Sheffield United: The decision to include Leon Clarke in Premier League squad makes perfect sense
When Chris Wilder added Leon Clarke's name to the 25 man squad list Sheffield United submitted to the Premier League, eyebrows were raised in some quarters because the centre-forward effectively remains on the transfer list.
But the United manager has made similar plays in the past. And although Clarke the smart money remains on Clarke departing when English football reopens for business next year, if he does enjoy a reprieve it would simply see the centre-forward follow in the footsteps of two other players who stepped back from the brink after being declared surplus to requirements.
One of Wilder's first acts after being appointed in May 2016 was to tell Paul Coutts and Kieran Freeman they could both leave Bramall Lane before, having been convinced of their worth, naming them both in United's starting eleven for a visit to Millwall. Despite ending in defeat, that match and Wilder's selections proved to be a turning point in their season, with the two going on to make a combined total of 84 appearances as United surged towards promotion from League One.
Back then, Wilder's decision to circulate the duo's names was based on their performances the season before. Having frequently watched United as a fan - he was still in charge of Northampton Town at the time - the 51-year-old witnessed Coutts and Freeman labour under his predecessor Nigel Adkins; flattering to deceive as the team meandered towards a mid-table finish. But a combination of their response, and performances in training, persuaded Wilder he had made a mistake. Oliver Norwood's arrival, after Coutts had suffered a serious injury the season before, hastened the Scot's departure. But Freeman still remains in South Yorkshire, albeit on the periphery of Wilder's plans.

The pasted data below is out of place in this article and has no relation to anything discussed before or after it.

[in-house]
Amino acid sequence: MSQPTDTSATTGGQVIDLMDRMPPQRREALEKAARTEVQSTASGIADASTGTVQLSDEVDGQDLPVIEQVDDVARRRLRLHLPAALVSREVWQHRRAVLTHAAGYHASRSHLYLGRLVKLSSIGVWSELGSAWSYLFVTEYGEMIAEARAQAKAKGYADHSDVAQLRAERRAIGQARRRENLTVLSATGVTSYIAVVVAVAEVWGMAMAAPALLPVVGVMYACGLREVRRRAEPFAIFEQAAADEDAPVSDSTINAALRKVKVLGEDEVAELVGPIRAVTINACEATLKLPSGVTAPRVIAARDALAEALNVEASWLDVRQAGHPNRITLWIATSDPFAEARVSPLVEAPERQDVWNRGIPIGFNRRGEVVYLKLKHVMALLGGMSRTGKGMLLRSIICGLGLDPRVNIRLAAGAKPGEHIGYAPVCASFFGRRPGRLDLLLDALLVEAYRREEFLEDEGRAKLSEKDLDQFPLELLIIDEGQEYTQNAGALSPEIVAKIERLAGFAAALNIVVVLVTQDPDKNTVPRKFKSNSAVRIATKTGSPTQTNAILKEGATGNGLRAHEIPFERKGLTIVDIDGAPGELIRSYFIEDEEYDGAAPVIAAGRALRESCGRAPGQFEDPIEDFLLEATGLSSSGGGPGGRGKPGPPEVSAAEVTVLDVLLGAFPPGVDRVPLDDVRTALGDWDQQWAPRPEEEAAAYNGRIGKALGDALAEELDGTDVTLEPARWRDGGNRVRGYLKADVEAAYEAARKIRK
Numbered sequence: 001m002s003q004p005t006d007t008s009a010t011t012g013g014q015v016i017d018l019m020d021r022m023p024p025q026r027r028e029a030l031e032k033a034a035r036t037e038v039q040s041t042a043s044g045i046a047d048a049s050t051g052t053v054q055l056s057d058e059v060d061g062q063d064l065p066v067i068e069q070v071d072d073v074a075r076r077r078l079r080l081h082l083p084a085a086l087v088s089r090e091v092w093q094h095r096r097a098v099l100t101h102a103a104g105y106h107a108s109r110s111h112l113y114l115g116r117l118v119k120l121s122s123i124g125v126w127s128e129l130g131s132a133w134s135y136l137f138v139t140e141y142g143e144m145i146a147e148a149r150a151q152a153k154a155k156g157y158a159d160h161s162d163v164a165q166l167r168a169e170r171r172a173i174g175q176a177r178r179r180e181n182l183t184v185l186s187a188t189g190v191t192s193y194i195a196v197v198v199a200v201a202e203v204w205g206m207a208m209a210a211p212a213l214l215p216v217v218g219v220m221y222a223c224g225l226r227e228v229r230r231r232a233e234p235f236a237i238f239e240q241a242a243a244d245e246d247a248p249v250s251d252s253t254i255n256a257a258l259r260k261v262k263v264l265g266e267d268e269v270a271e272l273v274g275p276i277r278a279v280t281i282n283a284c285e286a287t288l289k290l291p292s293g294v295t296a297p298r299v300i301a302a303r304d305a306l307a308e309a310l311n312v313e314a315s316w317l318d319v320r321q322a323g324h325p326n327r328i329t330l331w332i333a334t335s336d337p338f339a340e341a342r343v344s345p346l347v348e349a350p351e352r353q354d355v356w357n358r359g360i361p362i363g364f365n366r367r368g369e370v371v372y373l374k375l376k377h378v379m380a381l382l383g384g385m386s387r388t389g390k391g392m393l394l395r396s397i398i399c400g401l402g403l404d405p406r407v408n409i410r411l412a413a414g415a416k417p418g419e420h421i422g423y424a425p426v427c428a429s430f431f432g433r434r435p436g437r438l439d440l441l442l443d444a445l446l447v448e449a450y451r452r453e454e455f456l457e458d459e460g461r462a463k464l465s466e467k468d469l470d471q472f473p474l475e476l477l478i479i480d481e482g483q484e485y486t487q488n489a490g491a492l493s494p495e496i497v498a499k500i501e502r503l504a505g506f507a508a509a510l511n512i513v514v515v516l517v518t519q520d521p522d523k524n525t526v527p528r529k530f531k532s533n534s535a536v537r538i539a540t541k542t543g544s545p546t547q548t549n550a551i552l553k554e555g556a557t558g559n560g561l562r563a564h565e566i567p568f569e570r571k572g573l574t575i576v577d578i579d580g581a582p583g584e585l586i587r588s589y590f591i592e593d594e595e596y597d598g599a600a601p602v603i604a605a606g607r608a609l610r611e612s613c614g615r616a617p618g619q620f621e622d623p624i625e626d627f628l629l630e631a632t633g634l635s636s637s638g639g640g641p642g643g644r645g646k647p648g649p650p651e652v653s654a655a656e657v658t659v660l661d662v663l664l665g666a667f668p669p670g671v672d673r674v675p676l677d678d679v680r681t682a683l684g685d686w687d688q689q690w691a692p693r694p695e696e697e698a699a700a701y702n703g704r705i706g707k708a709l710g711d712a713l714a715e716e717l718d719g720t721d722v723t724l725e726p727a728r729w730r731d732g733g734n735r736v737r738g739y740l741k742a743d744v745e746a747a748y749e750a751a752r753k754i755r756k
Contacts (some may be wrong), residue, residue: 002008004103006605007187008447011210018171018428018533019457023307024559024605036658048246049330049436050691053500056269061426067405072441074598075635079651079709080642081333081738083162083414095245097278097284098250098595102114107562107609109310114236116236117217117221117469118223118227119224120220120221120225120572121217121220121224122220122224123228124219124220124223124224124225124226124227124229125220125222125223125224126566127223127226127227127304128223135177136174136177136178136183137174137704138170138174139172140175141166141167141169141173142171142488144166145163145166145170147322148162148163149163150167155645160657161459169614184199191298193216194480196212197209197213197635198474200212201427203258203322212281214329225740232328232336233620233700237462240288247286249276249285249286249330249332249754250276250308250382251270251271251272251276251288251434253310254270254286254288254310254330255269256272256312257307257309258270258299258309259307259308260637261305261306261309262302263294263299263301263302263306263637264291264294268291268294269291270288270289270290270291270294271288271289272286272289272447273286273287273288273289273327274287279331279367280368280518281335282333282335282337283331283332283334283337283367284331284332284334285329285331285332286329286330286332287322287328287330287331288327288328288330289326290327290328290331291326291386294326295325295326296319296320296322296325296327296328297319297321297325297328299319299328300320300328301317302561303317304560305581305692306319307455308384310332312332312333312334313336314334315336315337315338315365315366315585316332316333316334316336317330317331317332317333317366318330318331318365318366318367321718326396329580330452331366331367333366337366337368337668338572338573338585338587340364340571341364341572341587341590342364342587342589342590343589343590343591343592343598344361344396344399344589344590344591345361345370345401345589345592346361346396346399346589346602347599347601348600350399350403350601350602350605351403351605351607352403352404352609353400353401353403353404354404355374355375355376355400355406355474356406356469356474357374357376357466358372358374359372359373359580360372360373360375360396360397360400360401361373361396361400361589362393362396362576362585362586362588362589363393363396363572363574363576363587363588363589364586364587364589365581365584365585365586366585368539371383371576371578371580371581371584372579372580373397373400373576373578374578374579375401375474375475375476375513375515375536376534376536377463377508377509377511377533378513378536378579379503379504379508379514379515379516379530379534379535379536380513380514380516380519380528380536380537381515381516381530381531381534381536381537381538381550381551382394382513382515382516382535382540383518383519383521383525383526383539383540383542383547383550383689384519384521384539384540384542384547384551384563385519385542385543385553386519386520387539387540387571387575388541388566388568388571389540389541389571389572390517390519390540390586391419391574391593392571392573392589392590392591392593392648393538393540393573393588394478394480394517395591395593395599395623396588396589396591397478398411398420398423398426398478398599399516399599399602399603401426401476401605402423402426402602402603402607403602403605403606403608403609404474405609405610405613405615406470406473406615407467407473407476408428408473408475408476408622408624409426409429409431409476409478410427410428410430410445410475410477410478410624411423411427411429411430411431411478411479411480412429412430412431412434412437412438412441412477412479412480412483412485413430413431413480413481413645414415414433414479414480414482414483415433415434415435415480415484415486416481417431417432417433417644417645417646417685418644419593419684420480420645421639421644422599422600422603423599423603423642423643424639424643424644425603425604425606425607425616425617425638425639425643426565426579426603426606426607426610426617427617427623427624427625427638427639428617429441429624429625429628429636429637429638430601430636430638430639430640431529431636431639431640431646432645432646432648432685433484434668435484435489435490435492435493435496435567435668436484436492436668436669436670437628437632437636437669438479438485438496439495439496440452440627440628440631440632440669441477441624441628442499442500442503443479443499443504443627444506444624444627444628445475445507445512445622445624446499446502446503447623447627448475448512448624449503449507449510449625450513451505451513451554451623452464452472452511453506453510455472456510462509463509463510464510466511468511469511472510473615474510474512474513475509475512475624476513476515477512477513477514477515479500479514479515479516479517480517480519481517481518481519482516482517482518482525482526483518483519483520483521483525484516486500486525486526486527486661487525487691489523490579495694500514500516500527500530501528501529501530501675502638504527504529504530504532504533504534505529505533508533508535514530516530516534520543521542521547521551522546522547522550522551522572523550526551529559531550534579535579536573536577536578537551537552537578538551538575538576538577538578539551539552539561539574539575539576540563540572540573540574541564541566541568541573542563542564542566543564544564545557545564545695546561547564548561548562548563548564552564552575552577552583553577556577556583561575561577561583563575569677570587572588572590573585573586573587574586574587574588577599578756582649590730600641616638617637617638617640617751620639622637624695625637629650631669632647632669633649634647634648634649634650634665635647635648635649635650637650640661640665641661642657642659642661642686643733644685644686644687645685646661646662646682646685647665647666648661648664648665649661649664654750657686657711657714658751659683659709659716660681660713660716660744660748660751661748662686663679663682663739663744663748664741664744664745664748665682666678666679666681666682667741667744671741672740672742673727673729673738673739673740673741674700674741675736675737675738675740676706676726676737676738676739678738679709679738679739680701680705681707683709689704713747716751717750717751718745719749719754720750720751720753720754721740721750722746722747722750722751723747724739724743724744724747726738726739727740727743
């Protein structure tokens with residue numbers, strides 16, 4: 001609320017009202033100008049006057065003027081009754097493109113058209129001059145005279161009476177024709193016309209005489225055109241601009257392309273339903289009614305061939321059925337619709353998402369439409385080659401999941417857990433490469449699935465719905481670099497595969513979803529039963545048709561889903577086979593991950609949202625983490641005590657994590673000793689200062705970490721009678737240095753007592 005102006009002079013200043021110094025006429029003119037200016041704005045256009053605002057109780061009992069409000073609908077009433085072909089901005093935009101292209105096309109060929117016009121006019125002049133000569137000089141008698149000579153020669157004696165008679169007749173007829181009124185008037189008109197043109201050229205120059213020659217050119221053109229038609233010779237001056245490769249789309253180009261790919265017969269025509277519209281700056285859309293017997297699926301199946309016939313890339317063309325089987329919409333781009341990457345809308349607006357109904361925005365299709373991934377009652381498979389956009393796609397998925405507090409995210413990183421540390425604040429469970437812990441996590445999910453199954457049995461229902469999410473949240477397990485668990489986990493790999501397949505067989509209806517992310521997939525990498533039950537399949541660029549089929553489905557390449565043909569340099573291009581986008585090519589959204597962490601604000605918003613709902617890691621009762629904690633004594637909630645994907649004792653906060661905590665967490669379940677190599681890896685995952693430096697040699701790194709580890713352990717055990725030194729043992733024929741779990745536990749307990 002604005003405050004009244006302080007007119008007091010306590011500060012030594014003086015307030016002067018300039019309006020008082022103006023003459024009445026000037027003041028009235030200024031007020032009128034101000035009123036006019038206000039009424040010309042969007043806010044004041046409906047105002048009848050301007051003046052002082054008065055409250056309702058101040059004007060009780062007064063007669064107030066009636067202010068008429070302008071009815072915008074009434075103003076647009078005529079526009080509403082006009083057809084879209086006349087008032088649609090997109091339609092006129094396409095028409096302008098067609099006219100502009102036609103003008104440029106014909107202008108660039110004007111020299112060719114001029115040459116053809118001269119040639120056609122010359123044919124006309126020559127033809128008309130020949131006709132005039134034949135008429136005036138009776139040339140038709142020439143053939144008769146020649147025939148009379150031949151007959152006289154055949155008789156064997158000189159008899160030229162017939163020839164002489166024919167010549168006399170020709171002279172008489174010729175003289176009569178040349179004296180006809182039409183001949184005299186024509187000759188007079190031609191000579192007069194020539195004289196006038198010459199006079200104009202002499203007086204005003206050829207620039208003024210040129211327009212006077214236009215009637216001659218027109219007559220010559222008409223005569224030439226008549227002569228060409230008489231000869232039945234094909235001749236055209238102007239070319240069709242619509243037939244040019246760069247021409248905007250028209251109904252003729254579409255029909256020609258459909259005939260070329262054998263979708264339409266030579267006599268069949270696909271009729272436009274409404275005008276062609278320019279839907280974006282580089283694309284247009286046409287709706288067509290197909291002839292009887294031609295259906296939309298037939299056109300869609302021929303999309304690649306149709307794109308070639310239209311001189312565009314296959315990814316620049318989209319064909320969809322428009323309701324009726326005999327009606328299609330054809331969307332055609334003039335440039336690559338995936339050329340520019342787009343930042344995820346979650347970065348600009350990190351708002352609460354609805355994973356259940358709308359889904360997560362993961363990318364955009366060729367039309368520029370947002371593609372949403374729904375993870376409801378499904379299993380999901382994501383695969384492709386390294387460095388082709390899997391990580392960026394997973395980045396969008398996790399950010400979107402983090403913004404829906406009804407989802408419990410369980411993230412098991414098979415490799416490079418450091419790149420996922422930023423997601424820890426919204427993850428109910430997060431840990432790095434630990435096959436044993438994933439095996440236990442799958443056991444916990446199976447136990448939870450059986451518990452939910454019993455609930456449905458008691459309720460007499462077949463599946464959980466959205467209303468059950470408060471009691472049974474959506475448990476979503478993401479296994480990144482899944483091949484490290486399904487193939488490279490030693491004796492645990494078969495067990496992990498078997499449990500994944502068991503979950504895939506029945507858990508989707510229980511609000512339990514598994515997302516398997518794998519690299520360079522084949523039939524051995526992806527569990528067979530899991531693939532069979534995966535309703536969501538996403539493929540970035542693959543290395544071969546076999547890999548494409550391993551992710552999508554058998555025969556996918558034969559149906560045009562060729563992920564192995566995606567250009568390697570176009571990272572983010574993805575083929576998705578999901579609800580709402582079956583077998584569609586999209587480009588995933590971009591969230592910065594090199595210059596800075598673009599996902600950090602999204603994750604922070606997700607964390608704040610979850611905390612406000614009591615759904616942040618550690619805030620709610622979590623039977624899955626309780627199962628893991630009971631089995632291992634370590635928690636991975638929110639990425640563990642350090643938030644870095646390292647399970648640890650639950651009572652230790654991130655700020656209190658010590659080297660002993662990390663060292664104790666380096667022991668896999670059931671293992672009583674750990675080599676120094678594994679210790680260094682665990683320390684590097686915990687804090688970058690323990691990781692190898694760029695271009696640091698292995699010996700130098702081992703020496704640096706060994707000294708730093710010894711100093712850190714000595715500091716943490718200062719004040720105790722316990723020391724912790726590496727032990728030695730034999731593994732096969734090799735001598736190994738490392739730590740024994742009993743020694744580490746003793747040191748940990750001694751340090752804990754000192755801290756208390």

Last month, when United were finding it difficult to place some of their fringe players with rival clubs, Wilder expressed his frustration with the situation by encouraging them to put their careers before money and "be a footballer." He later rolled back, insisting his comments had not been directed at all of those who had been told they could go. Only some. Clearly Clarke was not among them.
"My frustration doesn't represent the whole group," Wilder admitted later, clarifying his comments. "Just one or two who haven't really played for two years or so. Maybe they should recognise that.
"They've been good for us and been on the journey. But the journey - no disrespect to them - has been too quick for some. It's important they play football."
If Clarke is serious about trying to force his way into Wilder's thinking for a top-flight fixture, the process will also begin at the Steelphalt Academy, where United are preparing for next week's game against Southampton. With the likes of Oli McBurnie, Callum Robinson and Billy Sharp ahead of him, the 34-year-old knows it could take an injury or illness crisis to see him even make the bench. But unlike Coutts and Freeman, he is not beginning from a standing start having featured 24 times as United won promotion from the Championship last term.
Wilder's reasoning, before signing-off the names their footballing adminstration department submitted to the governing body, also makes perfect sense. Having previously revealed his preference for working with "the right numbers" and "pretty tight groups", effectively telling a senior professional he has no chance whatsoever of being called-up would potentially be detrimental to spirit behind the scenes.
"We work hard," Wilder said, before his picks were announced. "But it's also important that people enjoy themselves as well."